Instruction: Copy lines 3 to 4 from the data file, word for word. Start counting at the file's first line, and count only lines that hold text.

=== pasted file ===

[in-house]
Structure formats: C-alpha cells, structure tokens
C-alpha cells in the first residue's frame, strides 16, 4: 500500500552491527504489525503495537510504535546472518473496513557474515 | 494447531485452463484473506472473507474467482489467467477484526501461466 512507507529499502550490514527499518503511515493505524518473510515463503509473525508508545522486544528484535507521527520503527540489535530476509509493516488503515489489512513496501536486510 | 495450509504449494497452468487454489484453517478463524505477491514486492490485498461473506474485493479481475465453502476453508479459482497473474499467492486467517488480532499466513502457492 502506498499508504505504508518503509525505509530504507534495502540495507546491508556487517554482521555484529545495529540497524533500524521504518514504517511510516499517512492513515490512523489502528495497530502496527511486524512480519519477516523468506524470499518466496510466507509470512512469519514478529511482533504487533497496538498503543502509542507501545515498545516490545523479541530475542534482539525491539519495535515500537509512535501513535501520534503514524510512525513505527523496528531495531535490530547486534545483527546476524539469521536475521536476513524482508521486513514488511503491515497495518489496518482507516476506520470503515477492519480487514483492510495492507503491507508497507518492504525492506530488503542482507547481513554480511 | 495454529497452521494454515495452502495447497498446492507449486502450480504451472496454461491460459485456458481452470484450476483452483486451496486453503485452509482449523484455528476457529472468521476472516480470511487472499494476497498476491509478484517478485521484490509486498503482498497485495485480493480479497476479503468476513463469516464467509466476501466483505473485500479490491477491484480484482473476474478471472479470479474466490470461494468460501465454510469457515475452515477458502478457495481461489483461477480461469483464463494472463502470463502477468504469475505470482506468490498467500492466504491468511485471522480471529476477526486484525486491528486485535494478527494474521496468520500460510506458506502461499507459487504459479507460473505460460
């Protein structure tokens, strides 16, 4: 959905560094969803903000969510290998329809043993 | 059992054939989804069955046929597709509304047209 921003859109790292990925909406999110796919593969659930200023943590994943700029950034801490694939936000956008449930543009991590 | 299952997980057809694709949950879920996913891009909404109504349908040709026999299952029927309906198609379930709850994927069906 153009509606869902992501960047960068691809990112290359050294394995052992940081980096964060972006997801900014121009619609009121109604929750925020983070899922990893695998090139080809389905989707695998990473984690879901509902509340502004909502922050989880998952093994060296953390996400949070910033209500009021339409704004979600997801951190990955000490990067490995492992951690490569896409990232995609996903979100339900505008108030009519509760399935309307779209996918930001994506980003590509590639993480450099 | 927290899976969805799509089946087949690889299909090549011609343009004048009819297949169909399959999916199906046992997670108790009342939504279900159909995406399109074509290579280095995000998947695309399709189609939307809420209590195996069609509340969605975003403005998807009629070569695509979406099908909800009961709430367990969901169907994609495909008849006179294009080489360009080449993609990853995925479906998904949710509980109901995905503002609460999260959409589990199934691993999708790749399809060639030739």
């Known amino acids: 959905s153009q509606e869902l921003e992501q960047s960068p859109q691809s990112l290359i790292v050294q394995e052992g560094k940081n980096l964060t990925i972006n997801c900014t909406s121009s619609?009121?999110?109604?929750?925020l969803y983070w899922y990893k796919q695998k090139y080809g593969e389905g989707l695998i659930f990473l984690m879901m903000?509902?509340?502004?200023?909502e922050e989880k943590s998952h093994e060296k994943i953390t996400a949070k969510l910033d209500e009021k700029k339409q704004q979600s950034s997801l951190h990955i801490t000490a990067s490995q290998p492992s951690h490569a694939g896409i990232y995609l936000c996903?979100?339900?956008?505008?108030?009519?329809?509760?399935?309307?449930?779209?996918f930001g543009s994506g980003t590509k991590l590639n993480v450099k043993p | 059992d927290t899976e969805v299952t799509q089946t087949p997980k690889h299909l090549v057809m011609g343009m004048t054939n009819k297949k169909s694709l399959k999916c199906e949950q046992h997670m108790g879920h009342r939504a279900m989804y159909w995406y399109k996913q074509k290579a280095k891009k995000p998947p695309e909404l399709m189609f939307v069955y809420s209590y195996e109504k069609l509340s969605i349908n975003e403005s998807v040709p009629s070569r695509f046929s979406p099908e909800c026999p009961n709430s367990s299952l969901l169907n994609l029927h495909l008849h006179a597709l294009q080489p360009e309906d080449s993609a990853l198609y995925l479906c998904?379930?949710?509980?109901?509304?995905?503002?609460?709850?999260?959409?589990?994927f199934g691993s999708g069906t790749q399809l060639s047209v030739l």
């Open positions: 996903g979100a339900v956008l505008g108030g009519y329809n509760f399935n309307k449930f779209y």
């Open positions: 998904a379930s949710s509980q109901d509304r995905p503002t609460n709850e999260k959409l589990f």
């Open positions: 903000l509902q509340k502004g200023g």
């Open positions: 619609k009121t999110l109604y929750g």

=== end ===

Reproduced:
C-alpha cells in the first residue's frame, strides 16, 4: 500500500552491527504489525503495537510504535546472518473496513557474515 | 494447531485452463484473506472473507474467482489467467477484526501461466 512507507529499502550490514527499518503511515493505524518473510515463503509473525508508545522486544528484535507521527520503527540489535530476509509493516488503515489489512513496501536486510 | 495450509504449494497452468487454489484453517478463524505477491514486492490485498461473506474485493479481475465453502476453508479459482497473474499467492486467517488480532499466513502457492 502506498499508504505504508518503509525505509530504507534495502540495507546491508556487517554482521555484529545495529540497524533500524521504518514504517511510516499517512492513515490512523489502528495497530502496527511486524512480519519477516523468506524470499518466496510466507509470512512469519514478529511482533504487533497496538498503543502509542507501545515498545516490545523479541530475542534482539525491539519495535515500537509512535501513535501520534503514524510512525513505527523496528531495531535490530547486534545483527546476524539469521536475521536476513524482508521486513514488511503491515497495518489496518482507516476506520470503515477492519480487514483492510495492507503491507508497507518492504525492506530488503542482507547481513554480511 | 495454529497452521494454515495452502495447497498446492507449486502450480504451472496454461491460459485456458481452470484450476483452483486451496486453503485452509482449523484455528476457529472468521476472516480470511487472499494476497498476491509478484517478485521484490509486498503482498497485495485480493480479497476479503468476513463469516464467509466476501466483505473485500479490491477491484480484482473476474478471472479470479474466490470461494468460501465454510469457515475452515477458502478457495481461489483461477480461469483464463494472463502470463502477468504469475505470482506468490498467500492466504491468511485471522480471529476477526486484525486491528486485535494478527494474521496468520500460510506458506502461499507459487504459479507460473505460460
């Protein structure tokens, strides 16, 4: 959905560094969803903000969510290998329809043993 | 059992054939989804069955046929597709509304047209 921003859109790292990925909406999110796919593969659930200023943590994943700029950034801490694939936000956008449930543009991590 | 299952997980057809694709949950879920996913891009909404109504349908040709026999299952029927309906198609379930709850994927069906 153009509606869902992501960047960068691809990112290359050294394995052992940081980096964060972006997801900014121009619609009121109604929750925020983070899922990893695998090139080809389905989707695998990473984690879901509902509340502004909502922050989880998952093994060296953390996400949070910033209500009021339409704004979600997801951190990955000490990067490995492992951690490569896409990232995609996903979100339900505008108030009519509760399935309307779209996918930001994506980003590509590639993480450099 | 927290899976969805799509089946087949690889299909090549011609343009004048009819297949169909399959999916199906046992997670108790009342939504279900159909995406399109074509290579280095995000998947695309399709189609939307809420209590195996069609509340969605975003403005998807009629070569695509979406099908909800009961709430367990969901169907994609495909008849006179294009080489360009080449993609990853995925479906998904949710509980109901995905503002609460999260959409589990199934691993999708790749399809060639030739």